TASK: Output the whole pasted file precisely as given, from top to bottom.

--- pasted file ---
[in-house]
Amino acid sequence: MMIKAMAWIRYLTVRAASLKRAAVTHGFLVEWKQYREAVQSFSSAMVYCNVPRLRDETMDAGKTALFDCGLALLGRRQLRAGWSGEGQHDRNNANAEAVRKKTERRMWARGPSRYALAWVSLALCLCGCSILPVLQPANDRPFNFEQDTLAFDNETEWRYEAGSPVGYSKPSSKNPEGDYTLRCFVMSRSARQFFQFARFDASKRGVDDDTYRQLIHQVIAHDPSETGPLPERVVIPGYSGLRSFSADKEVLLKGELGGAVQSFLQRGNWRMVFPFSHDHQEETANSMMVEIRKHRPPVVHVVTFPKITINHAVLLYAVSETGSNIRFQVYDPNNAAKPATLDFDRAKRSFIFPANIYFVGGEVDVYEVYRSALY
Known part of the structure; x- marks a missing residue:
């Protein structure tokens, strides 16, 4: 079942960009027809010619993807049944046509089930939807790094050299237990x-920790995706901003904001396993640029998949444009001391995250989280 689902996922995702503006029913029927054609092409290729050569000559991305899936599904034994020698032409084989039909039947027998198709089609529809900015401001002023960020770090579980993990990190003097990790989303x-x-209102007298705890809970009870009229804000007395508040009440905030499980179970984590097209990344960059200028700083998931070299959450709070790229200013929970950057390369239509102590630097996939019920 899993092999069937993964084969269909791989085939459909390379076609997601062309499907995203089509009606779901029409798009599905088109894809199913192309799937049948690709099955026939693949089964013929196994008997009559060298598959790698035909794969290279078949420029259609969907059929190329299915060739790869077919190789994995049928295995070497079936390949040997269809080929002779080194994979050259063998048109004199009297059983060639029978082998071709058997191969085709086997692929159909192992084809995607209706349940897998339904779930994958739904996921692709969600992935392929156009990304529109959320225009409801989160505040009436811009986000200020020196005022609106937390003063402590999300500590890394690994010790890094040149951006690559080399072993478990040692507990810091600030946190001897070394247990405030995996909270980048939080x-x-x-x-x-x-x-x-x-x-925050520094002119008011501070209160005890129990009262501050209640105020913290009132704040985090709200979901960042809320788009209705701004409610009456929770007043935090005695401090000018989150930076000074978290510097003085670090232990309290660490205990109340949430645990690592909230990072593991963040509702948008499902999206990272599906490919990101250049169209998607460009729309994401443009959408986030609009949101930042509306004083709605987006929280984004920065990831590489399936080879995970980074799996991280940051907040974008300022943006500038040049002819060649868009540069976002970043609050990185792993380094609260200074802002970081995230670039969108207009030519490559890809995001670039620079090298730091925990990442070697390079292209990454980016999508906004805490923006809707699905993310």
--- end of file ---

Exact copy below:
[in-house]
Amino acid sequence: MMIKAMAWIRYLTVRAASLKRAAVTHGFLVEWKQYREAVQSFSSAMVYCNVPRLRDETMDAGKTALFDCGLALLGRRQLRAGWSGEGQHDRNNANAEAVRKKTERRMWARGPSRYALAWVSLALCLCGCSILPVLQPANDRPFNFEQDTLAFDNETEWRYEAGSPVGYSKPSSKNPEGDYTLRCFVMSRSARQFFQFARFDASKRGVDDDTYRQLIHQVIAHDPSETGPLPERVVIPGYSGLRSFSADKEVLLKGELGGAVQSFLQRGNWRMVFPFSHDHQEETANSMMVEIRKHRPPVVHVVTFPKITINHAVLLYAVSETGSNIRFQVYDPNNAAKPATLDFDRAKRSFIFPANIYFVGGEVDVYEVYRSALY
Known part of the structure; x- marks a missing residue:
């Protein structure tokens, strides 16, 4: 079942960009027809010619993807049944046509089930939807790094050299237990x-920790995706901003904001396993640029998949444009001391995250989280 689902996922995702503006029913029927054609092409290729050569000559991305899936599904034994020698032409084989039909039947027998198709089609529809900015401001002023960020770090579980993990990190003097990790989303x-x-209102007298705890809970009870009229804000007395508040009440905030499980179970984590097209990344960059200028700083998931070299959450709070790229200013929970950057390369239509102590630097996939019920 899993092999069937993964084969269909791989085939459909390379076609997601062309499907995203089509009606779901029409798009599905088109894809199913192309799937049948690709099955026939693949089964013929196994008997009559060298598959790698035909794969290279078949420029259609969907059929190329299915060739790869077919190789994995049928295995070497079936390949040997269809080929002779080194994979050259063998048109004199009297059983060639029978082998071709058997191969085709086997692929159909192992084809995607209706349940897998339904779930994958739904996921692709969600992935392929156009990304529109959320225009409801989160505040009436811009986000200020020196005022609106937390003063402590999300500590890394690994010790890094040149951006690559080399072993478990040692507990810091600030946190001897070394247990405030995996909270980048939080x-x-x-x-x-x-x-x-x-x-925050520094002119008011501070209160005890129990009262501050209640105020913290009132704040985090709200979901960042809320788009209705701004409610009456929770007043935090005695401090000018989150930076000074978290510097003085670090232990309290660490205990109340949430645990690592909230990072593991963040509702948008499902999206990272599906490919990101250049169209998607460009729309994401443009959408986030609009949101930042509306004083709605987006929280984004920065990831590489399936080879995970980074799996991280940051907040974008300022943006500038040049002819060649868009540069976002970043609050990185792993380094609260200074802002970081995230670039969108207009030519490559890809995001670039620079090298730091925990990442070697390079292209990454980016999508906004805490923006809707699905993310």